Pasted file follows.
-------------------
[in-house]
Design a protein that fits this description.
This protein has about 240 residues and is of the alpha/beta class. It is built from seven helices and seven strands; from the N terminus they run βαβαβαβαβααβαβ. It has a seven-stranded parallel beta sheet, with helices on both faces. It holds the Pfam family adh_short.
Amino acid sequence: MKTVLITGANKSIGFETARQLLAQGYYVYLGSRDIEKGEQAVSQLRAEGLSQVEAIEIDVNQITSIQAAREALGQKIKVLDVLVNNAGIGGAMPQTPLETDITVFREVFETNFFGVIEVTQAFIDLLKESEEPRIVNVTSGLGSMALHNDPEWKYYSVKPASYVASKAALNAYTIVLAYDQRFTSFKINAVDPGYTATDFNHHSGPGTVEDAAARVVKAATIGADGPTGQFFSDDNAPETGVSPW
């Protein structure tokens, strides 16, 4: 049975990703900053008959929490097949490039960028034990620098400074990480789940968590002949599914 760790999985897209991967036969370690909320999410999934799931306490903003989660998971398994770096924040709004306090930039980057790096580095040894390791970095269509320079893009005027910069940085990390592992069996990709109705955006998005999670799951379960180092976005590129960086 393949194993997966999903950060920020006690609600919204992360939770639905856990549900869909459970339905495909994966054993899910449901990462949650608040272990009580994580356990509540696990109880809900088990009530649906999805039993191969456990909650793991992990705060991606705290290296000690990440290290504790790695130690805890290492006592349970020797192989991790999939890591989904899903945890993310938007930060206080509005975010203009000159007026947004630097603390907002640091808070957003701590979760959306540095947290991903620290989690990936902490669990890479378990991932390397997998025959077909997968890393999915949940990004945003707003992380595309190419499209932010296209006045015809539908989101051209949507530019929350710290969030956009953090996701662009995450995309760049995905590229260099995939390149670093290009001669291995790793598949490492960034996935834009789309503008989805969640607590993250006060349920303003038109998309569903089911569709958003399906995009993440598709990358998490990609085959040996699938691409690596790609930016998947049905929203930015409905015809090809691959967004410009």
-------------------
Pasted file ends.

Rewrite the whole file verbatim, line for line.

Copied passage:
[in-house]
Design a protein that fits this description.
This protein has about 240 residues and is of the alpha/beta class. It is built from seven helices and seven strands; from the N terminus they run βαβαβαβαβααβαβ. It has a seven-stranded parallel beta sheet, with helices on both faces. It holds the Pfam family adh_short.
Amino acid sequence: MKTVLITGANKSIGFETARQLLAQGYYVYLGSRDIEKGEQAVSQLRAEGLSQVEAIEIDVNQITSIQAAREALGQKIKVLDVLVNNAGIGGAMPQTPLETDITVFREVFETNFFGVIEVTQAFIDLLKESEEPRIVNVTSGLGSMALHNDPEWKYYSVKPASYVASKAALNAYTIVLAYDQRFTSFKINAVDPGYTATDFNHHSGPGTVEDAAARVVKAATIGADGPTGQFFSDDNAPETGVSPW
């Protein structure tokens, strides 16, 4: 049975990703900053008959929490097949490039960028034990620098400074990480789940968590002949599914 760790999985897209991967036969370690909320999410999934799931306490903003989660998971398994770096924040709004306090930039980057790096580095040894390791970095269509320079893009005027910069940085990390592992069996990709109705955006998005999670799951379960180092976005590129960086 393949194993997966999903950060920020006690609600919204992360939770639905856990549900869909459970339905495909994966054993899910449901990462949650608040272990009580994580356990509540696990109880809900088990009530649906999805039993191969456990909650793991992990705060991606705290290296000690990440290290504790790695130690805890290492006592349970020797192989991790999939890591989904899903945890993310938007930060206080509005975010203009000159007026947004630097603390907002640091808070957003701590979760959306540095947290991903620290989690990936902490669990890479378990991932390397997998025959077909997968890393999915949940990004945003707003992380595309190419499209932010296209006045015809539908989101051209949507530019929350710290969030956009953090996701662009995450995309760049995905590229260099995939390149670093290009001669291995790793598949490492960034996935834009789309503008989805969640607590993250006060349920303003038109998309569903089911569709958003399906995009993440598709990358998490990609085959040996699938691409690596790609930016998947049905929203930015409905015809090809691959967004410009």